• Bupivacaine hydrochloride: Bupivacaine is a local anaesthetic that stabilises the neuronal membrane and prevents the initiation and transmission of nerve impulses. This drug is very potent, four times that of lignocaine, and has a rapid onset of anaesthesia with prolonged duration of action. Bupivacaine is suitable for continuous epidural blockade.
  • Ropivacaine hydrochloride: This drug also behaves in the same manner as bupivacaine with exception that ropivacaine has both anaesthetic and analgesic effects. At higher doses it produces surgical anaesthesia with motor block, while at lower doses it produces a sensory block, including analgesia, with little motor block.
  • Lignocaine hydrochloride: This medicine has the same mechanism of anaesthetic action to that of bupivacaine and ropivacaine.

Epidural opioids
The lipid solubility of opioids influences its onset and duration of action. Lipophilic (fat soluble) opioids, such as fentanyl, are able to penetrate the dura or the arachnoid membranes and spinal tissues resulting in a rapid onset of analgesia, but a limited duration. On the other hand, hydrophilic (water soluble) drugs such as morphine have slow diffusion rate in the spinal membrane, thus slower onset of action and longer duration.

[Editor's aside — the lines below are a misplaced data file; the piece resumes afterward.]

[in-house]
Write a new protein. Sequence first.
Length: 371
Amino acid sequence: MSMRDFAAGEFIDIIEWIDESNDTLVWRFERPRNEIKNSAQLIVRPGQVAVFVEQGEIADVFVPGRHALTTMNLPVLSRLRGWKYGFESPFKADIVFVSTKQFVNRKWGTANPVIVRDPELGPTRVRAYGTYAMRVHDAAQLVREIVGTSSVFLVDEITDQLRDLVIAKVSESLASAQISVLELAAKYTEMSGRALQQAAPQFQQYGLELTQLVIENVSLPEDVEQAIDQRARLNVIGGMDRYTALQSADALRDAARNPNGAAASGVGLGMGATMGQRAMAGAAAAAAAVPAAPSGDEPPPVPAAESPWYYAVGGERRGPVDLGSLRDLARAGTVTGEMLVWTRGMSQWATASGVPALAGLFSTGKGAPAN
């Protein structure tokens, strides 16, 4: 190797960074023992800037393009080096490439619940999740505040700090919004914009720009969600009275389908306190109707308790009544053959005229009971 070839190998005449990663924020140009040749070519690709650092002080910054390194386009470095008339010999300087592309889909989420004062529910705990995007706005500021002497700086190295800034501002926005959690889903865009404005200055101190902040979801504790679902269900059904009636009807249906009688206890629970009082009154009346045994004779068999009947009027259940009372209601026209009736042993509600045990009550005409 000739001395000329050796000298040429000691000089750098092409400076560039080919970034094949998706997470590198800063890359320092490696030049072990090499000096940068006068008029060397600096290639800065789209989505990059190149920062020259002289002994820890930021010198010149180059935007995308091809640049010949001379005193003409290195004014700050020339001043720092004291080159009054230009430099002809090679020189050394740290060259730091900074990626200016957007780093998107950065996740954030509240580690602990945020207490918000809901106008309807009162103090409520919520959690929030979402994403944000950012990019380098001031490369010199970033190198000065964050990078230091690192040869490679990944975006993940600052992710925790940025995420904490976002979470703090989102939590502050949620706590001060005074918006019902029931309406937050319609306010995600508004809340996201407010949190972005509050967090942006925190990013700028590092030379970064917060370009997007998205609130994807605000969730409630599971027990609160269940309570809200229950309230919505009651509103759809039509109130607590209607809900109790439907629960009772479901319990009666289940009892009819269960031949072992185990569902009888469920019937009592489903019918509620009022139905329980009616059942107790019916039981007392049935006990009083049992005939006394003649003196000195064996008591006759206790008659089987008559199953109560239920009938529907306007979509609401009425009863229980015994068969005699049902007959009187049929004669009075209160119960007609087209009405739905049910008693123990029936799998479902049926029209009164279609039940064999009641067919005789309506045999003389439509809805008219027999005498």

• Morphine: is an opioid with sedative properties used to relieve severe or constant pain such as childbirth pain, which cannot be controlled by any other pain relievers. Morphine exerts its analgesic effects by acting as an agonist and activating the opioid receptors in both the central and peripheral nervous systems; In doing so, the pain threshold is elevated and the brain’s awareness of the pain is decreased.